The 5 Essential Restaurant KPIs you Need to Gorge on Regularly

Posted on 21st February 2017 in Reporting

Written by Ross MacLeod

Forget starters and go straight to mains with our guide to the top five essential KPIs your restaurant needs for business success.

If you want to grow your cash waistline whilst shrinking unsightly costs, these are the five essential restaurant KPIs you need to gorge on regularly. So assign kitchen duties to your local rat and grab the nearest fork, it’s time to get business fat.

Average customer headcount

Unless your restaurant happens to be a front for the New York Mafia, then without sufficient customers it is doomed to fail. Average customer headcount is an engagement metric which measures how many customers are using your restaurant within a set window or period.

Not only is this a good indicator of your ability to attract cliental, but when coupled with your average revenue per customer, you can use this information to plot out future revenue targets and factor it into your cash flow projections – an important step to stop you from joining the 60% of restaurant owners whom see their business failure within their first three years of operations.

To maximise staffing efficiency, you can also use average customer headcount to help you plan shift patterns. By identifying peaks and lulls, you can ensure that you have the appropriate number of staff at all times, rather than too few or too many. Find out how to measure average customer headcount in FUTRLI.

Average revenue per customer

Once you’ve mastered the art of attracting customers, it’s time to look at how efficiently you are translating that attendance into revenue. Average revenue per customer measures how much revenue you are generating on average from those that dine at your restaurant. A high figure should be aimed for, particularly if your customer headcount is low or you’re targeting niche clientele.

Whilst a lower figure can be acceptable if you’re prioritising volume and have the customer headcount to justify it, this may indicate problems in pricing strategy or with your menu itself, which require further investigation. Find out how to measure average revenue per customer in FUTRLI.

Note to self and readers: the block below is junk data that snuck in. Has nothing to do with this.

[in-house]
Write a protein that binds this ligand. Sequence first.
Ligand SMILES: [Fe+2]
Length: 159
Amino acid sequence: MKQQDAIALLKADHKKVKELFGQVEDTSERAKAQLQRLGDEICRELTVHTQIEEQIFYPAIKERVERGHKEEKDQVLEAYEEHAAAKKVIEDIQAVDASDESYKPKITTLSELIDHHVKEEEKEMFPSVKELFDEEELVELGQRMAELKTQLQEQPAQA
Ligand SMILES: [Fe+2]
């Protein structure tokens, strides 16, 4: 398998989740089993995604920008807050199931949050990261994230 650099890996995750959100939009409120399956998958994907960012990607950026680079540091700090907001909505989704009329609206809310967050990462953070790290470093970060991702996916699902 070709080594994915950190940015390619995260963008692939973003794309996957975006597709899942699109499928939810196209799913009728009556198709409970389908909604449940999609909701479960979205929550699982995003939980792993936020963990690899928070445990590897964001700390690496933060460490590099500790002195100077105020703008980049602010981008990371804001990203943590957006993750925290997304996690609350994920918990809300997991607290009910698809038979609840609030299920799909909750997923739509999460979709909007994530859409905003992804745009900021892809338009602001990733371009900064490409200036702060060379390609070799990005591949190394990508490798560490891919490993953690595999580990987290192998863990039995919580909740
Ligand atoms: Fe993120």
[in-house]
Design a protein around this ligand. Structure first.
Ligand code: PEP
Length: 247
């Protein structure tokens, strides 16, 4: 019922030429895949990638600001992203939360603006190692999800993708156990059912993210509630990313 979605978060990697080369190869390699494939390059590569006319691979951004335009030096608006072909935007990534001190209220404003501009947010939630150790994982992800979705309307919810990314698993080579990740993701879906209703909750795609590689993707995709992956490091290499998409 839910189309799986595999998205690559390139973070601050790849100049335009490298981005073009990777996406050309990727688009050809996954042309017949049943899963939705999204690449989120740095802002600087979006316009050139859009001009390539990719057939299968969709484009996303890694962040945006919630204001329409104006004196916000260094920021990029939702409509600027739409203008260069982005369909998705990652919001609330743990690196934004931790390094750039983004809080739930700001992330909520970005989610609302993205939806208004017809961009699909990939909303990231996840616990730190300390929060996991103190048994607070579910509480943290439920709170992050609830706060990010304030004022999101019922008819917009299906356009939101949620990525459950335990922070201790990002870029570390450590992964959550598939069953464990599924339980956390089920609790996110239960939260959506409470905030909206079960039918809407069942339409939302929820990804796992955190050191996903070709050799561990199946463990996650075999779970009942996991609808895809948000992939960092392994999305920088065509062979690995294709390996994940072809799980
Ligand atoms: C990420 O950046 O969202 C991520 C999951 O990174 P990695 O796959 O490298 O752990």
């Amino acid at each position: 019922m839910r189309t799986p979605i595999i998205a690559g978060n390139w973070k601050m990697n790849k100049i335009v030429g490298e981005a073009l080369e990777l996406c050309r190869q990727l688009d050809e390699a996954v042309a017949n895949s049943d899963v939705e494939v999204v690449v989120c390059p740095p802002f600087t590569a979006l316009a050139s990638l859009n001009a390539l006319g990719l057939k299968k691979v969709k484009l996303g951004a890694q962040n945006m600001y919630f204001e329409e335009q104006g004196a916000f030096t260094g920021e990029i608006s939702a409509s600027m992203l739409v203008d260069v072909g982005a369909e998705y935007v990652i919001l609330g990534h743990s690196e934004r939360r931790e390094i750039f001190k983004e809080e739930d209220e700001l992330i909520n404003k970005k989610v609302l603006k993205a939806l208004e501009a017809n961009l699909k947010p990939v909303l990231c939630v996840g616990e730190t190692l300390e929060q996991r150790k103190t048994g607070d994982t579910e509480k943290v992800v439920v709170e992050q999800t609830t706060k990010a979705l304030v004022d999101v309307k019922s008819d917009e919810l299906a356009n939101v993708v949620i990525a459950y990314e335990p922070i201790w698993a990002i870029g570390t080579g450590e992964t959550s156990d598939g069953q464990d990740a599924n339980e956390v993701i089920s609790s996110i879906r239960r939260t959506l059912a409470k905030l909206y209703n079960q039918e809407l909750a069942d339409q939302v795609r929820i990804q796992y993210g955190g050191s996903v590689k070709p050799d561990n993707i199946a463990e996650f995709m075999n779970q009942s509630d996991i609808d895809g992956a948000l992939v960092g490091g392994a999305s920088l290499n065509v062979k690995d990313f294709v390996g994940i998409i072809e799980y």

Dry and wet sales gross profit percentage

Even when your restaurant is fully booked and your customer reviews are glowing, your profits may be being eaten away due to low, inefficient profit margins on the items you sell. By monitoring your dry and wet sales gross profit percentage, you can stay abreast of how much of a return you are actually generating from food and drink relative to your costs.

Even better, if you’re a QBO or Xero user and have applied classes or tracks to your data, you can take advantage of FUTRLI’s Tracking Cards to drill down further into the detail.

Low gross profit indicates that you are struggling to eek a profit from the item or items your selling, whilst a negative figure means you’re actually making a loss. In either scenario, you should consider increasing the price you charge per item and whether cost reductions could be made to boost your margins. Find out how to measure dry sales and wet sales gross profit percentage in FUTRLI.

Wages to sales

Another key variable which can impact your profit margins is the amount you spend on wages. If your balance of wages to sales is disproportionate, then several bad sales months in a row could drain your cash reserves and seriously impact the future security of your business. To mitigate against this, it’s important to both measure and manage salaries relative to the revenue that you’re generating, as well as factor in how future changes may alter this KPI.

When planning to expand your workforce for example, we recommend that you use the forecasting powers of FUTRLI, in order to map out how additional staff may impact upon your wages to sales in the short, medium and long-term, rather than hiring blind. Find out how to measure wages to sales in FUTRLI. 

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